Target next month will introduce "Universal Thread," an exclusive women’s lifestyle brand "grounded in denim" and featuring tops, dresses, accessories and shoes. Prices, ranging from $5 to $39.99, are up to 10% lower than the merchant's current women's apparel offerings, according to a corporate blog post.
The assortment will be available in all Target stores and online at Target.com in early February. It includes both fashion and everyday pieces, is offered in different fits and silhouettes and comes in sizes 00-26W, the company said.
Target developed the brand based on research conducted with nearly 1,000 women nationwide, according to Mark Tritton, executive vice president and chief merchandising officer. "What we heard from nearly all of them was that they dreaded shopping for new jeans," he said. "Whether the rise was too long or the inseam was too short or the pair of jeans they wanted didn’t come in their size — finding the perfect fit for their body type was just too challenging. That’s a problem we wanted to solve."
Target's Universal Thread launch is just the latest in a series of new exclusive labels in apparel and home goods. Last year the mass merchant announced plans to develop 12 new labels over the following 18 months, using the same research and design approach applied to developing the Pillowfort and Cat & Jack kids lines, both launched in 2016.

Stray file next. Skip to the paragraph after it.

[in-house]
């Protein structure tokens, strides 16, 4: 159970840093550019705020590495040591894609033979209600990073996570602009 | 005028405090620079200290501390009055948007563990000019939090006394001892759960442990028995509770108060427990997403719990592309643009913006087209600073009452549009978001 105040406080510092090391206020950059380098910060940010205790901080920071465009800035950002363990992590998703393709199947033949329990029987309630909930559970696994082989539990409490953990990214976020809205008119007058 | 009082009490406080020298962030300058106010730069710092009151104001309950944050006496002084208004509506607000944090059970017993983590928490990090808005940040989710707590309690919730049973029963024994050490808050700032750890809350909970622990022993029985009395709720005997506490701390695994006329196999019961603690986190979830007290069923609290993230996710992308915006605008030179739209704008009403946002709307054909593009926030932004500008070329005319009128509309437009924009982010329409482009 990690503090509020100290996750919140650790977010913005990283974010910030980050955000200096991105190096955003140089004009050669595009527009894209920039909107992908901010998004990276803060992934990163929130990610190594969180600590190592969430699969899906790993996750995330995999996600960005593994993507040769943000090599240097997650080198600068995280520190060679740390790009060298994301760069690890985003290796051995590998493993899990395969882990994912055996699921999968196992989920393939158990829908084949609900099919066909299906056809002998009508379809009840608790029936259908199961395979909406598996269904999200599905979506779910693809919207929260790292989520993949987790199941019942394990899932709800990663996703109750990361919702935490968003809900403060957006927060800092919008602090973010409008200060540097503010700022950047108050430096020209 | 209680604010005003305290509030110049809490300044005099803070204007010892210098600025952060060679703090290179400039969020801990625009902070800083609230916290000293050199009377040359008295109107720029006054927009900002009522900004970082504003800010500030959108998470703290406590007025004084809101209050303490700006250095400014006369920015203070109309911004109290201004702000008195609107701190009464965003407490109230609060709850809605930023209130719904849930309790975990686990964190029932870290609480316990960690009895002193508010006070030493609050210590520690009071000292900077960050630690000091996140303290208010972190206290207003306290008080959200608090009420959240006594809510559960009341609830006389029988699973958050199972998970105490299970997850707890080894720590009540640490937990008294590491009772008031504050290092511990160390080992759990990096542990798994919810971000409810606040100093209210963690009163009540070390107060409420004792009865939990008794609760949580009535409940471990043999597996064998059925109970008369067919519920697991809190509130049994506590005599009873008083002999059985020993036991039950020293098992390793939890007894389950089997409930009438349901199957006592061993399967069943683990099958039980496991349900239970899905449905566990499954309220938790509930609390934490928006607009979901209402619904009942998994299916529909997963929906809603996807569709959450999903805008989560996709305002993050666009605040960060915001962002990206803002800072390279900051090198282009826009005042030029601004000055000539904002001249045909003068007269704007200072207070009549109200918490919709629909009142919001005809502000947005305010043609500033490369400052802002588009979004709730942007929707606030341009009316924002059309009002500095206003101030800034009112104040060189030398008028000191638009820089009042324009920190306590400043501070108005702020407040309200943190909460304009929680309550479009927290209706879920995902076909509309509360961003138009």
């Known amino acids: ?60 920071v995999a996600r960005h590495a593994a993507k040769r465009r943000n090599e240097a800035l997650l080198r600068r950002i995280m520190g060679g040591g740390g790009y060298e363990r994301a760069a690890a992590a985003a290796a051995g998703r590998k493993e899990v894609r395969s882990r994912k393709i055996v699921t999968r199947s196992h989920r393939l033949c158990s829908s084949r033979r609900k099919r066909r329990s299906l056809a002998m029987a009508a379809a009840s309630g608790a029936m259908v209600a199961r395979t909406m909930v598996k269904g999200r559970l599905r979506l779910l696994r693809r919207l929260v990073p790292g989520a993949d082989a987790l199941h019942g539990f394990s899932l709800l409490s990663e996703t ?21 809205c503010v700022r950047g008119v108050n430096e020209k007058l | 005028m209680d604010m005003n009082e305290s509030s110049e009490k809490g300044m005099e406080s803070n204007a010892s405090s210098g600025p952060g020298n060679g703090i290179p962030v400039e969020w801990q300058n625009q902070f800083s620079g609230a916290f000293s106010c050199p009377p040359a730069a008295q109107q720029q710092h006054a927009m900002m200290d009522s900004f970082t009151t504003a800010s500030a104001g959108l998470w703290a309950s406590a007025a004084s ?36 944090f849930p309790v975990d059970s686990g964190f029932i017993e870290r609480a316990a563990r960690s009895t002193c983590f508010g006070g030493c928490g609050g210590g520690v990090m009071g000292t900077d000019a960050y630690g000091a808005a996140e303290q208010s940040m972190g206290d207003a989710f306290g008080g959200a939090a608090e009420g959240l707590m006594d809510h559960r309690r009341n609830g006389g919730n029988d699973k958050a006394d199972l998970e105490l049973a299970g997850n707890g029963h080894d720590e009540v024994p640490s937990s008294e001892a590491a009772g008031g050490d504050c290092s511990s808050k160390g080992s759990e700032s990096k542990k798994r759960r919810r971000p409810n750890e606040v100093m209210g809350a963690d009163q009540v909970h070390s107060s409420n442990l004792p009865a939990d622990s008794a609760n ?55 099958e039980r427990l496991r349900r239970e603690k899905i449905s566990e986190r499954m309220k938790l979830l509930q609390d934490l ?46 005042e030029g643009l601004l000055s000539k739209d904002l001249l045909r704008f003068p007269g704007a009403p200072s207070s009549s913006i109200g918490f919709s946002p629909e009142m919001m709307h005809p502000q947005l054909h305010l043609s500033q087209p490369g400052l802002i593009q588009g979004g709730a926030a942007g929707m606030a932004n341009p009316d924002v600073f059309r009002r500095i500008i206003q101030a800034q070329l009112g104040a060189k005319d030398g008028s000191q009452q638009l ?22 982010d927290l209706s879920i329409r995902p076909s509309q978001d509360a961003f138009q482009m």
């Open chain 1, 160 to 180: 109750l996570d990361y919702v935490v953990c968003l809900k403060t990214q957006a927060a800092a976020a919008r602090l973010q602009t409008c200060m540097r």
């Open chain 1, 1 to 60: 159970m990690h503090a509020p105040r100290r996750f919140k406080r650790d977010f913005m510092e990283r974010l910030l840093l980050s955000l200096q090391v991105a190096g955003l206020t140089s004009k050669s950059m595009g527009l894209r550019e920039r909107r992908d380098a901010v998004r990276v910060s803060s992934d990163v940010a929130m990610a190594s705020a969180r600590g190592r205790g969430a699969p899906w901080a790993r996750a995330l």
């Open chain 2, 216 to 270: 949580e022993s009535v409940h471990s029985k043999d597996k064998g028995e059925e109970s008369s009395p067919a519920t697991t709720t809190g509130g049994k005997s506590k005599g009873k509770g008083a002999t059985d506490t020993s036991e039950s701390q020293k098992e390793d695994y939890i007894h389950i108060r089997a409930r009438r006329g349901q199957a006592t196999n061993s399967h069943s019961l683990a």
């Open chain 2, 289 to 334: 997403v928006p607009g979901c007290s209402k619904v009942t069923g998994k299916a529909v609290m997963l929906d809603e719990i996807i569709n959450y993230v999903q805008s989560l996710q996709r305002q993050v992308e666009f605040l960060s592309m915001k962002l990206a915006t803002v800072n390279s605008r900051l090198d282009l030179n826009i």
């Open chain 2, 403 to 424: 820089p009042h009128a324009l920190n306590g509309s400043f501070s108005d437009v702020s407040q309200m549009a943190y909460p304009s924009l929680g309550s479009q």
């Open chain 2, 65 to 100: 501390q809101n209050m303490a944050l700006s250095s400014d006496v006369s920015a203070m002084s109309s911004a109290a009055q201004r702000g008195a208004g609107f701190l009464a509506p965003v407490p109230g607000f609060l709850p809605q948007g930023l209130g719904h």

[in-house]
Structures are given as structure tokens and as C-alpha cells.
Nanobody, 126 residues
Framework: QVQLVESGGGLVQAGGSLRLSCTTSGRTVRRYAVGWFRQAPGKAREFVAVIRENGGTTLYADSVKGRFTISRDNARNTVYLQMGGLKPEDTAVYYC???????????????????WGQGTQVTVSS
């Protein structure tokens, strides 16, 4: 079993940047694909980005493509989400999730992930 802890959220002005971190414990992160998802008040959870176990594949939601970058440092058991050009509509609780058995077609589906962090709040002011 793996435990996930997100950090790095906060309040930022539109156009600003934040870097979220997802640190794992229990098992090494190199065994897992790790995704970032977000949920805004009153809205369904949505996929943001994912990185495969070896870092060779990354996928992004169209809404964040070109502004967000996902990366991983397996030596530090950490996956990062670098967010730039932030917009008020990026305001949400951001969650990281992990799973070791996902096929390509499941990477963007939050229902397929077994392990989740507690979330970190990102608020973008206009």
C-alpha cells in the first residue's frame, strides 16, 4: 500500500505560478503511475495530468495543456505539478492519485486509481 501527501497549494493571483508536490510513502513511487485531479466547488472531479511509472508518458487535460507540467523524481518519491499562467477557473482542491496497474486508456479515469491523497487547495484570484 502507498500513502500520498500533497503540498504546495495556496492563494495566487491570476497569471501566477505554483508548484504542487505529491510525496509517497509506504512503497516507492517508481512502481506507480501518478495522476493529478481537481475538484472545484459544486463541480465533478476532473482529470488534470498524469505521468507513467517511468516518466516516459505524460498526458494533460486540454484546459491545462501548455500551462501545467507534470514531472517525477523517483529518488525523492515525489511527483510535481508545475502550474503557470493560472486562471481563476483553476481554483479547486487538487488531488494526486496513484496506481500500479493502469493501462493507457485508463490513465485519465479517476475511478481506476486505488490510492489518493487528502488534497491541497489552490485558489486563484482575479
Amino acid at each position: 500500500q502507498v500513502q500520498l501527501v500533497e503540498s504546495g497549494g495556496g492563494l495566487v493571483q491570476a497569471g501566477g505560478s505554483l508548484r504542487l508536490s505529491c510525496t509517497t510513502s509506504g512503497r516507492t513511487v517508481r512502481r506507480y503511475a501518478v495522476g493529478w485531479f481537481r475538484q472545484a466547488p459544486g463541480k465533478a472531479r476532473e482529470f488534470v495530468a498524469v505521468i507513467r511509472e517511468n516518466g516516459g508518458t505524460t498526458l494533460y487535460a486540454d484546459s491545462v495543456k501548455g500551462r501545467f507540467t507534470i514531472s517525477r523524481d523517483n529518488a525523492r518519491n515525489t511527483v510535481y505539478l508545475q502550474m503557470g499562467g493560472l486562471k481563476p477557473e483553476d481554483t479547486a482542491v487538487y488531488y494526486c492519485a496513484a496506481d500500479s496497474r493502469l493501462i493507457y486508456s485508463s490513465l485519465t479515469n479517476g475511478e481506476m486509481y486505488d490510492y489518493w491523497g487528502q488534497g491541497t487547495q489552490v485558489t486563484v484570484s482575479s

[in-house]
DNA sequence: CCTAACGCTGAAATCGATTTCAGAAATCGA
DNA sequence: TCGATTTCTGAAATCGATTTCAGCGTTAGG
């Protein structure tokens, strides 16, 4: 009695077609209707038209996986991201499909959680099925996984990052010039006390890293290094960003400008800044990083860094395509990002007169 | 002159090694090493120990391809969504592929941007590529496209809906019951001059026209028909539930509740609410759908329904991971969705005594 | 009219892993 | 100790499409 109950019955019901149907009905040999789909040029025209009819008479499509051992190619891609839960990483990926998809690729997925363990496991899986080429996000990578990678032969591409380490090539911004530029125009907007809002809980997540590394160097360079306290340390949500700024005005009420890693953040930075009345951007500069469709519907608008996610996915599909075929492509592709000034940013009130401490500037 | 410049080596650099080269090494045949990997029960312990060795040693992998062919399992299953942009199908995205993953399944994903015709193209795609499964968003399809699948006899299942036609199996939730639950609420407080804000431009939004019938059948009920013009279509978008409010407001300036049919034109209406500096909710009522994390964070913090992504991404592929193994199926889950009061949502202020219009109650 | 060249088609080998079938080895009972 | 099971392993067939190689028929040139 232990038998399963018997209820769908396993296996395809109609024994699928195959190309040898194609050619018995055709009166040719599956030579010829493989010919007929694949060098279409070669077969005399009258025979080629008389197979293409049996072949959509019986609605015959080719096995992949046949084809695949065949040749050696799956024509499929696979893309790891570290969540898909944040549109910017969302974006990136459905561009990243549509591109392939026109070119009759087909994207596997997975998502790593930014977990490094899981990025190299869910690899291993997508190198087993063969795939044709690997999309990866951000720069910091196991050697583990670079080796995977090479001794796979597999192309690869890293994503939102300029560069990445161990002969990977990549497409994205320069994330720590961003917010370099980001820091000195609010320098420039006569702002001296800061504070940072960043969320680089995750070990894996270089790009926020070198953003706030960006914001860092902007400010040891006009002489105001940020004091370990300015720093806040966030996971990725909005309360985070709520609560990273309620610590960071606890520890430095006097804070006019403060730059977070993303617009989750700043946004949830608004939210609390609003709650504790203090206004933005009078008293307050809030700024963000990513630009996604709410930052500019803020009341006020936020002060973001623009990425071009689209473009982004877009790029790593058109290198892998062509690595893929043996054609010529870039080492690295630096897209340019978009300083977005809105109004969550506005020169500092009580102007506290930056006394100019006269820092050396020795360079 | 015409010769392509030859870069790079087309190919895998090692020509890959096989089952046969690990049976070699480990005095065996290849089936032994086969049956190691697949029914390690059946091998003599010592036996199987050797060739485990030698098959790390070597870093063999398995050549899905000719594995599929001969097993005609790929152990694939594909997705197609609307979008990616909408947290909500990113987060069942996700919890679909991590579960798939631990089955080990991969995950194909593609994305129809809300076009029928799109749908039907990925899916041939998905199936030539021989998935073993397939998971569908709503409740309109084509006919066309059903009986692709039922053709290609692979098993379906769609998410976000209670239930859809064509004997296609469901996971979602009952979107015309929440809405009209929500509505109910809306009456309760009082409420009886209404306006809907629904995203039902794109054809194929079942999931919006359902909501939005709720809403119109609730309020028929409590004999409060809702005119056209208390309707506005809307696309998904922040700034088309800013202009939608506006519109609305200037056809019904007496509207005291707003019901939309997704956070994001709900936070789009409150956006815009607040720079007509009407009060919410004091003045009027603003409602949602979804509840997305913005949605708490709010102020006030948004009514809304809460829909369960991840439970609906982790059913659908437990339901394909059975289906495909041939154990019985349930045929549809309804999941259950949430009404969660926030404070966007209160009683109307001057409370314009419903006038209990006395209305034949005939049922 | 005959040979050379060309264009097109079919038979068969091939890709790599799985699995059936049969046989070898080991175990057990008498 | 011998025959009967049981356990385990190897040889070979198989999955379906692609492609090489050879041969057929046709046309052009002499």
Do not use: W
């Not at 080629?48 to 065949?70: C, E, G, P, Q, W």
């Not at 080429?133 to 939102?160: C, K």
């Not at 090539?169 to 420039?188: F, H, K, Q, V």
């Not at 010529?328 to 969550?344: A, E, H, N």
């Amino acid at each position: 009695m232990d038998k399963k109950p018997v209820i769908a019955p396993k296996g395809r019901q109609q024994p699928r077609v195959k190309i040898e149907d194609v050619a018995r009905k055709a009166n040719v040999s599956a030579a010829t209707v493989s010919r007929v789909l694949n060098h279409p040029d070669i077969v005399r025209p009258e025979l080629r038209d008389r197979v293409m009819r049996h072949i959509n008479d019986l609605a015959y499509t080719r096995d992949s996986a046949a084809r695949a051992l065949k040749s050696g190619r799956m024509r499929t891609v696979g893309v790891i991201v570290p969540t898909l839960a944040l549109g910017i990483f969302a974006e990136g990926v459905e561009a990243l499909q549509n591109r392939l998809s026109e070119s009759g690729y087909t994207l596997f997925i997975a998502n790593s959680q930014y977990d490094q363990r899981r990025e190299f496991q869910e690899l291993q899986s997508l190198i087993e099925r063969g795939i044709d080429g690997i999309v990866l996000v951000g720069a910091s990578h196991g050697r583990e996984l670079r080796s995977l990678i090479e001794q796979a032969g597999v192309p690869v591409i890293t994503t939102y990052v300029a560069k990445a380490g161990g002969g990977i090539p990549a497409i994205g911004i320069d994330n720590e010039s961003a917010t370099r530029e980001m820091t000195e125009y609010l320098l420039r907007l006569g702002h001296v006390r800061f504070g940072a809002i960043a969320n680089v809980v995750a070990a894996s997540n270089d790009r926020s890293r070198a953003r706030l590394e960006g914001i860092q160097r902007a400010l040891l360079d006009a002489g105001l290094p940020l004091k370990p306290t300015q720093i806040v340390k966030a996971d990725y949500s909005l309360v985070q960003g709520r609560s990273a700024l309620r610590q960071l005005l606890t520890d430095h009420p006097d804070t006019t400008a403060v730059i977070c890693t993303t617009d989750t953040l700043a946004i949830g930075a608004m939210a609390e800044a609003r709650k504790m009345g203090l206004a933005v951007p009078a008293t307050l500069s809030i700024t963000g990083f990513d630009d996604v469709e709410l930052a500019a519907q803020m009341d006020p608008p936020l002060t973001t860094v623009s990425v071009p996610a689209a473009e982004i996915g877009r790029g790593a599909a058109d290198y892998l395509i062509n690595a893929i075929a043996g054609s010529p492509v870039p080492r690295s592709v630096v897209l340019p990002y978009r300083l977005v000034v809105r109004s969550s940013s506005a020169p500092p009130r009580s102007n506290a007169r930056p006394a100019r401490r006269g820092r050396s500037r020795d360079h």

Those lines are performing well: By October of last year, Cat & Jack had surpassed the $2 billion mark to be one of Target’s largest brands ever, the company reported in 2017 when it unveiled a series of "adaptive apparel" products made specially for kids and toddlers living with disabilities.
Judging by these efforts to double-down on its "cheap chic" merchandise differentiation, Target seems unwilling to cede much to Amazon or anyone else when it comes to home decor, furniture and apparel. Executives last year said the company's private labels account for about $26 billion in sales.
Merchandise differentiation has been a key Target strategy since it lost a bruising price war with Walmart in the 1980s. "I think their goal is to build their in-house brands more," Maya Mikhailov, chief marketing officer and co-founder of GPShopper, told Retail Dive earlier. "Target was always known for design, earning the moniker 'Tar-zhay.' Their new streak appears to be focused on re-energizing that. It seems to be a natural extension of what their original brand promise was."
Sales from such merchandise have bolstered margins amid rising competition in consumables and grocery, although, notably, the new line will have both enhanced quality and lower prices, according to Tritton, who also promised more to come. "Guests can expect to see great ideas brought to life in their home, their wardrobe and more that provide exceptional value and innovative design," he said. "We’re improving our existing assortment or bringing newness. We’ve got plenty more amazing brands up our sleeves to make Target the preferred destination for guests again and again."